NO. 1: The Incredibles (2004)
For my money, superhero movies just don’t get any better than this. It’s got all the action and fun of my favorite comic books. (Fantastic Four, anyone?) It’s got dozens of original characters, yet there isn’t a single origin story in sight. It introduces a world where superheroes not only exist, they all know each other and interact to a degree that none of the Marvel or DC universes have on film to date. It’s a family comedy about a super-powered family, yet it’s built on a solid and somewhat grim premise about what it’s like to be middle-aged, in a marriage gone stale and on the downhill side of your career. How many other superhero movies can boast those universal themes? The Incredibles features elements of design, style and pop culture that were at their peak in 1964 (the early Marvel Comics universe; Ian Fleming’s James Bond, Secret Agent 007 in Goldfinger (complete with a John Barry-esque score); Hanna-Barbera’s Jonny Quest, Gerry and Sylvia Anderson’s “Supermarionation”, etc.), yet it’s not considered to be a “retro” movie. It’s wildly exaggerated, but has moments that display a subtlety that animation rarely exhibits. Thank you, Brad Bird. Thank you, Pixar. Once again, you’ve shown us that even in a blockbuster of a superhero movie, it’s the story that matters most, even if we’ve never seen its stars before or since. I can’t imagine a better superhero movie in existence.
Y’know, I’m more than a little surprised that I have such good things to say about so many superhero movies after all, even if many of ‘em aren’t the ones that show up on other folks’ lists of favorites. I’ll bet that there are at least a few entries on my list that you weren’t even aware of, right?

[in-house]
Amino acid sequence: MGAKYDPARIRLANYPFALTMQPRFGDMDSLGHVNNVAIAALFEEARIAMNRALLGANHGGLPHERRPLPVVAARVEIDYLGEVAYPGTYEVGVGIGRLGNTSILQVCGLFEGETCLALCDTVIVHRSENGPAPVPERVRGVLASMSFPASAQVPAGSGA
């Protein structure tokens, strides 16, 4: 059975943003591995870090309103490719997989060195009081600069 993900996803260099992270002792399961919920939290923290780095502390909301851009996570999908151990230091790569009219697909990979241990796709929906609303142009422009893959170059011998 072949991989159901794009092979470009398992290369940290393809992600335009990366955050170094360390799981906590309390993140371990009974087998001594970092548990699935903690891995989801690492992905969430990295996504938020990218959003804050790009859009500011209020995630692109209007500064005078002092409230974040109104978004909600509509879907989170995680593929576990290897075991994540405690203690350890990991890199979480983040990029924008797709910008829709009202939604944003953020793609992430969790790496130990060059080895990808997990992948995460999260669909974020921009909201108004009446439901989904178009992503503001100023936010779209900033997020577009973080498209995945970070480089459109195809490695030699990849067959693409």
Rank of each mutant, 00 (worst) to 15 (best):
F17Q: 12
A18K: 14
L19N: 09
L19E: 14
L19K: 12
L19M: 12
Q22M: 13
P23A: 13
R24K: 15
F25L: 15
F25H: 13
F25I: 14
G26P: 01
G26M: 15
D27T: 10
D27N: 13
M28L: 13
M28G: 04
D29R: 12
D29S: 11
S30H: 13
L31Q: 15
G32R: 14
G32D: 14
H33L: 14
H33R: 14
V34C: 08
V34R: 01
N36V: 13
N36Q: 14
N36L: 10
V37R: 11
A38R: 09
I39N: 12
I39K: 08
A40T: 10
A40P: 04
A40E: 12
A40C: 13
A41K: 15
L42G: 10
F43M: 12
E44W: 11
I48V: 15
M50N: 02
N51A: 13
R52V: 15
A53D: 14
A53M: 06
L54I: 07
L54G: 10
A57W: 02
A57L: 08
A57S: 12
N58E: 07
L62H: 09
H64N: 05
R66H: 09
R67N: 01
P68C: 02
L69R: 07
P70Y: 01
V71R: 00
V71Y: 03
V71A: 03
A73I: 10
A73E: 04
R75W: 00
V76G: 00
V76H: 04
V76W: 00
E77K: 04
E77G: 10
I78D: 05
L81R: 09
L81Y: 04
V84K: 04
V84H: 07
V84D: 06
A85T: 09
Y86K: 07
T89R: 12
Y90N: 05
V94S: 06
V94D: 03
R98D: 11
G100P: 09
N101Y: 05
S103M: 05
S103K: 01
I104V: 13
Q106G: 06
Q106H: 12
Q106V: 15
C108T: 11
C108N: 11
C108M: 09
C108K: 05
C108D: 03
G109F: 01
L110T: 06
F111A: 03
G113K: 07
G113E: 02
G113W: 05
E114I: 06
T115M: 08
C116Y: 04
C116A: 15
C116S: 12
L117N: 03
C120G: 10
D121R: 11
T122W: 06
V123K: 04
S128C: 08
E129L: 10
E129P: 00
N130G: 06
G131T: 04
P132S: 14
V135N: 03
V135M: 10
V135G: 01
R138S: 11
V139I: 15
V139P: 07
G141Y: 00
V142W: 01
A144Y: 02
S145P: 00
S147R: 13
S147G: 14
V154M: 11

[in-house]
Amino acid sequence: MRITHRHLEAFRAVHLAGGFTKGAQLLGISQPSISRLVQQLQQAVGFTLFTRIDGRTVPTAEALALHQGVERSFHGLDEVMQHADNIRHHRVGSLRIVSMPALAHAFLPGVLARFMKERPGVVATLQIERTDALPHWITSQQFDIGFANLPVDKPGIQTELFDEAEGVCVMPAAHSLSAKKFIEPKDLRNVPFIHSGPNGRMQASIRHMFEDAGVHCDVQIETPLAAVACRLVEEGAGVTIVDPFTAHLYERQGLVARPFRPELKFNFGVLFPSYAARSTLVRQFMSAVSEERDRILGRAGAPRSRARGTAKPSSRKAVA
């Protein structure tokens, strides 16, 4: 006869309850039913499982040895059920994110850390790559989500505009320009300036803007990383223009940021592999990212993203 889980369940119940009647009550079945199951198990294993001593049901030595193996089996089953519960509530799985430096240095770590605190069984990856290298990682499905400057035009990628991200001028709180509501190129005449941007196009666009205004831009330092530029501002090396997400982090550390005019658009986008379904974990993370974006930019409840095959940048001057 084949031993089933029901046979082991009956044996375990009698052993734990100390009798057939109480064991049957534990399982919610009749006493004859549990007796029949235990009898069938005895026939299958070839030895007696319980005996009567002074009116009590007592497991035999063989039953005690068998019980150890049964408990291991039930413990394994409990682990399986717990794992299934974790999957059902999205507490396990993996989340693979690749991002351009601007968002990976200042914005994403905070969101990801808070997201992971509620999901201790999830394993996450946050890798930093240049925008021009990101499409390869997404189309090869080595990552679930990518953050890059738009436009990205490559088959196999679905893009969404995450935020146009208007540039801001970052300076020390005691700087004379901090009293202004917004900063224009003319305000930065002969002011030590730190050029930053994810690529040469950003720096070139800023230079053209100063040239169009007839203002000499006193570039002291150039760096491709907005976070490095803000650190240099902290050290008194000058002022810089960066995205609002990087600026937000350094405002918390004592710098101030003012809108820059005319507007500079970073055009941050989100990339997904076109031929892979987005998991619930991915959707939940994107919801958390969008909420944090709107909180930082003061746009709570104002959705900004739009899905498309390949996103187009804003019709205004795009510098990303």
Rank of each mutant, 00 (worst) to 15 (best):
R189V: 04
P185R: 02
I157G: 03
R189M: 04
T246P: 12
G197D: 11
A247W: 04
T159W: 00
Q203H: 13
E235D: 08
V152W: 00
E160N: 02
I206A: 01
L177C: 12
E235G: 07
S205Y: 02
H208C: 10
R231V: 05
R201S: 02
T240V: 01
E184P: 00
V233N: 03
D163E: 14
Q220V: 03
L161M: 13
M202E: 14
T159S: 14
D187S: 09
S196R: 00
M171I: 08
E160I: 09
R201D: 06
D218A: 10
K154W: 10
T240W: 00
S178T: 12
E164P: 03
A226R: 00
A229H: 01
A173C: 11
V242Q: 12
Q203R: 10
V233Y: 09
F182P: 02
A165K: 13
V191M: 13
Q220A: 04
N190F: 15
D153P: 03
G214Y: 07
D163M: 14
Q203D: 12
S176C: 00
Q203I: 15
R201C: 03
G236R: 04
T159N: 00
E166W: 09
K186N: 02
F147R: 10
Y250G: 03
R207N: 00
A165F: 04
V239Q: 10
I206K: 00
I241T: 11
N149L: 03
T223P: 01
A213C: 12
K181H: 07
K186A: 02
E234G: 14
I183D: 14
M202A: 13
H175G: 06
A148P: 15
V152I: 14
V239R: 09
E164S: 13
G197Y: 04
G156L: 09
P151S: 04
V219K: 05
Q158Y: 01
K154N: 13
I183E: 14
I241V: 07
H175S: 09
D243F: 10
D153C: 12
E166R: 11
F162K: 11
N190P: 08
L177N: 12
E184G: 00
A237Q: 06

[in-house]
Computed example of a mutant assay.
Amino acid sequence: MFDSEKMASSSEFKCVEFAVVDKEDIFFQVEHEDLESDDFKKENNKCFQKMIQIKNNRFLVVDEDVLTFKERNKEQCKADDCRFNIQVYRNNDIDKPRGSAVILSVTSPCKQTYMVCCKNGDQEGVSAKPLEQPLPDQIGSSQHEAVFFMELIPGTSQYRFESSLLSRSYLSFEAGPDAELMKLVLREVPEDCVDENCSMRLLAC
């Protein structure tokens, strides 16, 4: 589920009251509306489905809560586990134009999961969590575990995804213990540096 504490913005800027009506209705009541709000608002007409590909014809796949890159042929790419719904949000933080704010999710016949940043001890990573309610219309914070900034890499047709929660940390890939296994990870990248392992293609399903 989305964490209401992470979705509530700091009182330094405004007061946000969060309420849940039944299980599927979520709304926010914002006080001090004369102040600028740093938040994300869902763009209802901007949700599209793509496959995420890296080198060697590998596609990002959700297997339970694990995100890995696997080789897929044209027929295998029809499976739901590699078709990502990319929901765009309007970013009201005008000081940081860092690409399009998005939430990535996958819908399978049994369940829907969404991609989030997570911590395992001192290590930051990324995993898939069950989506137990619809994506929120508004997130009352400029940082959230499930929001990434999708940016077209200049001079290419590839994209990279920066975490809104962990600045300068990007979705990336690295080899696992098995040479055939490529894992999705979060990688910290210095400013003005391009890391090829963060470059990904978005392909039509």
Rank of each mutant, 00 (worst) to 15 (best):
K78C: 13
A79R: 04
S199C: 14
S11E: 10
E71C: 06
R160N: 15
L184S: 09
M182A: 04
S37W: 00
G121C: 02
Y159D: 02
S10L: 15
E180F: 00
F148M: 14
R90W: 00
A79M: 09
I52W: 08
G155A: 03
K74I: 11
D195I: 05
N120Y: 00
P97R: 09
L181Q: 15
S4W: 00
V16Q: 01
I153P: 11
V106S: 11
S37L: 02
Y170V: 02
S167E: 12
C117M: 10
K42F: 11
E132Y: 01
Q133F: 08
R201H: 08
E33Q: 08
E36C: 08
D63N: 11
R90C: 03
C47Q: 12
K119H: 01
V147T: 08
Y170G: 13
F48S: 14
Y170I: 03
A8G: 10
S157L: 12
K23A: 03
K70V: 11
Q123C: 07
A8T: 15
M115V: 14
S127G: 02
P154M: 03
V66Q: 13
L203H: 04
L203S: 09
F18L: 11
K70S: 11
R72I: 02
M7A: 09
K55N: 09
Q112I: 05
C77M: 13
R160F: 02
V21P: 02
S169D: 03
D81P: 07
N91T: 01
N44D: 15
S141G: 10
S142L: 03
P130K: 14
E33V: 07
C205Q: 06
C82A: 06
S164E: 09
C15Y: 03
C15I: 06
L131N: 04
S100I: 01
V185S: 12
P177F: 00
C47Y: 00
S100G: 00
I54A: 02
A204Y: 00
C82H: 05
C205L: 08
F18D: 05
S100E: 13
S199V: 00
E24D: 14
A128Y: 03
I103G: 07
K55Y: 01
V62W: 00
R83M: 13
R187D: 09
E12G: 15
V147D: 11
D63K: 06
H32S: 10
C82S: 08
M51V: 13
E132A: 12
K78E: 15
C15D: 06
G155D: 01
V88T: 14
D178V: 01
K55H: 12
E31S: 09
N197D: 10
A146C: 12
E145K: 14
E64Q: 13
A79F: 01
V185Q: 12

But here’s something that’s really got me stymied: the onetime young and perky Gidget and The Flying Nun cast as Aunt May Parker in this month’s upcoming The Amazing Spider-Man?
Aw, c’mon, say it ain’t so, Sally Field!
(And in the unlikely chance that I actually survive the almost-upon-us San Diego Comic-Con International, I’ll see you back here next month with more cranky comments!)
– Scott Shaw!
Scott Shaw! — yes, that exclamation point has adorned his name since junior high school — currently writes and draws comic books starring the Simpsons for Bongo Comics, The Adventures of Captain Rochester for Rochester Electronics, and his autobiographical comic strip, Now It Can Be Told! for Act-I-Vate, as well as performing his live Oddball Comics show. He just finished storyboarding four episodes of Cartoon Network’s Annoying Orange photo-animated show, is finishing a new 8-page Now It Can Be Told! story for Dark Horse Presents (“I Covered Myself With Peanut Butter To Become… The Turd!”) and will be drawing an upcoming Mark Evanier-written Garfield comic book story for KaBOOM!
Guest columnist Scott Shaw! brings his perspective as an experienced professional cartoonist and active participant in the comic book industry for more than 40 years. Get an insider’s look at the art form from someone in the trenches every day.
By Scott Shaw!
Back in the late 1980s, when he was drawing such titles as DC’s Doom Patrol and Marvel’s Punisher, I ran into Savage Dragon creator-to-be Erik Larsen at a San Diego Comic-Con, where I complimented him on his “cartoony” drawing style. But instead of accepting my kudos, Erik – never the sort of person to mince words – made a sour expression on his face and said something to the effect of “Actually, I’m trying as hard as I can to dump that style. It’s costing me work!” Fortunately, Erik eventually changed his mind, and that’s why Savage Dragon is one of my favorite funnybooks – even when it’s deadly serious, it’s delightfully outrageous, exaggerated and somewhat ridiculous looking. It’s just what I dig in a superhero comic, which in my opinion should look outrageous, exaggerated and somewhat ridiculous – just like the concept of brightly costumed flying men, super-strong women and wall-walking whatchamacallits.